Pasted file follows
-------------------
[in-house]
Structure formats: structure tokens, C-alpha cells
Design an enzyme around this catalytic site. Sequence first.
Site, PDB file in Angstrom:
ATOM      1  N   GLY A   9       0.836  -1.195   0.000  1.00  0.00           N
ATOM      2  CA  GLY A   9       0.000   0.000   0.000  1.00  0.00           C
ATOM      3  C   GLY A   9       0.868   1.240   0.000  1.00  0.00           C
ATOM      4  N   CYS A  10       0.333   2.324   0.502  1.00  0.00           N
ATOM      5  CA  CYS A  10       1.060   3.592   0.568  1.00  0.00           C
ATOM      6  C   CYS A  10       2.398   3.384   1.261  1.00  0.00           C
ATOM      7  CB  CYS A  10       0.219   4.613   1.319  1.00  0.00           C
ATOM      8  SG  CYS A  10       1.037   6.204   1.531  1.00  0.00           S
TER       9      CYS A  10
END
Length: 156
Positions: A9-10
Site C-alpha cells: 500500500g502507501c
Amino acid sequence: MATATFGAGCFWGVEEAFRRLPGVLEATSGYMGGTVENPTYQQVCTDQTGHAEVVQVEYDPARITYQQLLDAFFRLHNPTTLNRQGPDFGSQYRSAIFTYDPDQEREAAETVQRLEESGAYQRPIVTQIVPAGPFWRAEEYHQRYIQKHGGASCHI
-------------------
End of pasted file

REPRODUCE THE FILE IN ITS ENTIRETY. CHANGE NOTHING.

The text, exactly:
[in-house]
Structure formats: structure tokens, C-alpha cells
Design an enzyme around this catalytic site. Sequence first.
Site, PDB file in Angstrom:
ATOM      1  N   GLY A   9       0.836  -1.195   0.000  1.00  0.00           N
ATOM      2  CA  GLY A   9       0.000   0.000   0.000  1.00  0.00           C
ATOM      3  C   GLY A   9       0.868   1.240   0.000  1.00  0.00           C
ATOM      4  N   CYS A  10       0.333   2.324   0.502  1.00  0.00           N
ATOM      5  CA  CYS A  10       1.060   3.592   0.568  1.00  0.00           C
ATOM      6  C   CYS A  10       2.398   3.384   1.261  1.00  0.00           C
ATOM      7  CB  CYS A  10       0.219   4.613   1.319  1.00  0.00           C
ATOM      8  SG  CYS A  10       1.037   6.204   1.531  1.00  0.00           S
TER       9      CYS A  10
END
Length: 156
Positions: A9-10
Site C-alpha cells: 500500500g502507501c
Amino acid sequence: MATATFGAGCFWGVEEAFRRLPGVLEATSGYMGGTVENPTYQQVCTDQTGHAEVVQVEYDPARITYQQLLDAFFRLHNPTTLNRQGPDFGSQYRSAIFTYDPDQEREAAETVQRLEESGAYQRPIVTQIVPAGPFWRAEEYHQRYIQKHGGASCHI